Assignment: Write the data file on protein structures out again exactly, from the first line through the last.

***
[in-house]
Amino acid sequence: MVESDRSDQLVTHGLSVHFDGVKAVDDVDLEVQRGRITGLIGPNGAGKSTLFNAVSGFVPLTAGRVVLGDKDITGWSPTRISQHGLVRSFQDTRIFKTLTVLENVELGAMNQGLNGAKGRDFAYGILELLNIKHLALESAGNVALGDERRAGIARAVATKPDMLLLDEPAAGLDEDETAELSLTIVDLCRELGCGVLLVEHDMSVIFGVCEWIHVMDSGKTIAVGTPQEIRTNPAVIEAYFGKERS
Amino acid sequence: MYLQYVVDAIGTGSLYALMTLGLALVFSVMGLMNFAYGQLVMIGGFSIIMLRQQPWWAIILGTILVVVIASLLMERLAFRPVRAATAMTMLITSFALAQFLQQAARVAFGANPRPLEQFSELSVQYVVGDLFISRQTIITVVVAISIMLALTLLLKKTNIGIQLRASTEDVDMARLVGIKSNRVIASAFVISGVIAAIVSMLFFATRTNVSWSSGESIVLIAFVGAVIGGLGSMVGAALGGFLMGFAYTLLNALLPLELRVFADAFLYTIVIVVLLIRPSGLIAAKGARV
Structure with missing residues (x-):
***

[in-house]
Amino acid sequence: MVESDRSDQLVTHGLSVHFDGVKAVDDVDLEVQRGRITGLIGPNGAGKSTLFNAVSGFVPLTAGRVVLGDKDITGWSPTRISQHGLVRSFQDTRIFKTLTVLENVELGAMNQGLNGAKGRDFAYGILELLNIKHLALESAGNVALGDERRAGIARAVATKPDMLLLDEPAAGLDEDETAELSLTIVDLCRELGCGVLLVEHDMSVIFGVCEWIHVMDSGKTIAVGTPQEIRTNPAVIEAYFGKERS
Amino acid sequence: MYLQYVVDAIGTGSLYALMTLGLALVFSVMGLMNFAYGQLVMIGGFSIIMLRQQPWWAIILGTILVVVIASLLMERLAFRPVRAATAMTMLITSFALAQFLQQAARVAFGANPRPLEQFSELSVQYVVGDLFISRQTIITVVVAISIMLALTLLLKKTNIGIQLRASTEDVDMARLVGIKSNRVIASAFVISGVIAAIVSMLFFATRTNVSWSSGESIVLIAFVGAVIGGLGSMVGAALGGFLMGFAYTLLNALLPLELRVFADAFLYTIVIVVLLIRPSGLIAAKGARV
Structure with missing residues (x-):